# Is it possible that the mass of a black hole is located at the event horizon?

Due to gravitational time dilation, an object falling into a black hole appears to slow down as it approaches the horizon, never actually reaching it. If it were to somehow enter the event horizon, time dilation would dictate it traveling back in time toward the event horizon from the inside. Does this theory actually have merit or am I just grasping at straws?

• From physics.stackexchange.com/a/3204/123208 "Therefore, rather than gravity having a special property that enables it to cross the horizon, in a certain sense gravity can't cross the horizon, and it is that very property that forces gravity outside of it to remain the same". Also, physics.stackexchange.com/questions/937/… Commented Apr 27 at 16:02
• This is grossly the "membrane paradigm": en.wikipedia.org/wiki/Membrane_paradigm. From the point of view of the falling particle, the horizon isn't a special place and the particle falls down the singularity without noticing there was an horizon.
– Cham
Commented Apr 27 at 17:01
• Cham is right. The object will fall just like you'd fall to Earth after jumping from a plane. Commented Apr 27 at 19:19
• Voting to reopen. There are no unpublished personal theories here, the question can be answered within the context of mainstream physics, and there is a good answer below. Commented Apr 28 at 9:07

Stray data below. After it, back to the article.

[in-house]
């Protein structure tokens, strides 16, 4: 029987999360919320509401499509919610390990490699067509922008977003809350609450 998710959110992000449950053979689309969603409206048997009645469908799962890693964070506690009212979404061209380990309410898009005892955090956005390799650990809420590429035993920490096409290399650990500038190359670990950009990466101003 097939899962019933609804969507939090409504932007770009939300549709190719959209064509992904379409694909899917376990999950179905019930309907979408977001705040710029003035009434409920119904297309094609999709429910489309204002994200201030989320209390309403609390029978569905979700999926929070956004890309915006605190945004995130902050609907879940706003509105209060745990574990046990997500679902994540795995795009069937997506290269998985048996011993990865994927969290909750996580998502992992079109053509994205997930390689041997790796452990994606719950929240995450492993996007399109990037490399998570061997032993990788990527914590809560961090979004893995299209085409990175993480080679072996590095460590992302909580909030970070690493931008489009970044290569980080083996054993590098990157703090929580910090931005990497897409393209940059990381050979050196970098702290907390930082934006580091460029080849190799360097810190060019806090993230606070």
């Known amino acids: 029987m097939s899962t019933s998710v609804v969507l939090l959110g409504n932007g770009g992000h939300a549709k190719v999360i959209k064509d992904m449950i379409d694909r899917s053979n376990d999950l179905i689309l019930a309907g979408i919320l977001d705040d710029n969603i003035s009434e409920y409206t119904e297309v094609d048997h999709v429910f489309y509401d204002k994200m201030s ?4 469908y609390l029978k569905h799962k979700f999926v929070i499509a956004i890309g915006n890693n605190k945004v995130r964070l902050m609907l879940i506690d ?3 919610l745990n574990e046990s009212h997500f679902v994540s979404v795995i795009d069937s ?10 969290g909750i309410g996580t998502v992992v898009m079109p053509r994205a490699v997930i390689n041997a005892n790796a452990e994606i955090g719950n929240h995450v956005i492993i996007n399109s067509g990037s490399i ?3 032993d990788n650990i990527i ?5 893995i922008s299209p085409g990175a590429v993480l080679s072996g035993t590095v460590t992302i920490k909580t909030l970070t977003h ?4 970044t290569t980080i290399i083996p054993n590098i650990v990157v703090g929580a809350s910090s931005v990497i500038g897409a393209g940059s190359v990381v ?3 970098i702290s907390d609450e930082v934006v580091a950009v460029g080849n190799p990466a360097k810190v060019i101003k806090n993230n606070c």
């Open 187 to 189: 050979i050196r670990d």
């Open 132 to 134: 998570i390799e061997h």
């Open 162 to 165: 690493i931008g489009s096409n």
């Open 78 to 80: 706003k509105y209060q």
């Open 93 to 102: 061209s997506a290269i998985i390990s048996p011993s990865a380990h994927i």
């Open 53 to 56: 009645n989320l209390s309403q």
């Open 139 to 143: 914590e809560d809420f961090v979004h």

• If it were to somehow enter the event horizon, time dilation would dictate it traveling back in time toward the event horizon from the inside.” - This part makes no sense. (1) Nothing can cross the horizon as we observe from outside. (2) There is no concept of time dilation inside, as observed from outside. There is no relation between the time inside and the time outside. (3) Nothing inside causes the falling matter to move towards the horizon or to move back in time. Commented Apr 29 at 4:46

Is it possible that the mass of a black hole is located at the event horizon?

Yes, but not in the sense you mean it.

Objects fall into the black hole without slowing. But the light from them has a hard job escaping the gravity well, and the closer to the event horizon the 'slower' its escape (not because it's moving slowly, but because spacetime is twisted so that its outward path is skimming along close to the event horizon for ages). This is why to a distant observer it appears as if the object slows and stops at the event horizon.

(The following is a intended purely as an aid to the layman's imagination - don't take it too literally.) Imagine you are on a river that runs faster and faster until it tumbles over a waterfall. If you signal to somebody on shore by splashing in the water, so they can pick up the ripples, there comes a point when the water is moving forwards downriver at the same speed the ripples are spreading back upriver, and the ripple is frozen at that point. It takes forever to reach the shore. But the person on the boat who sent it is long gone.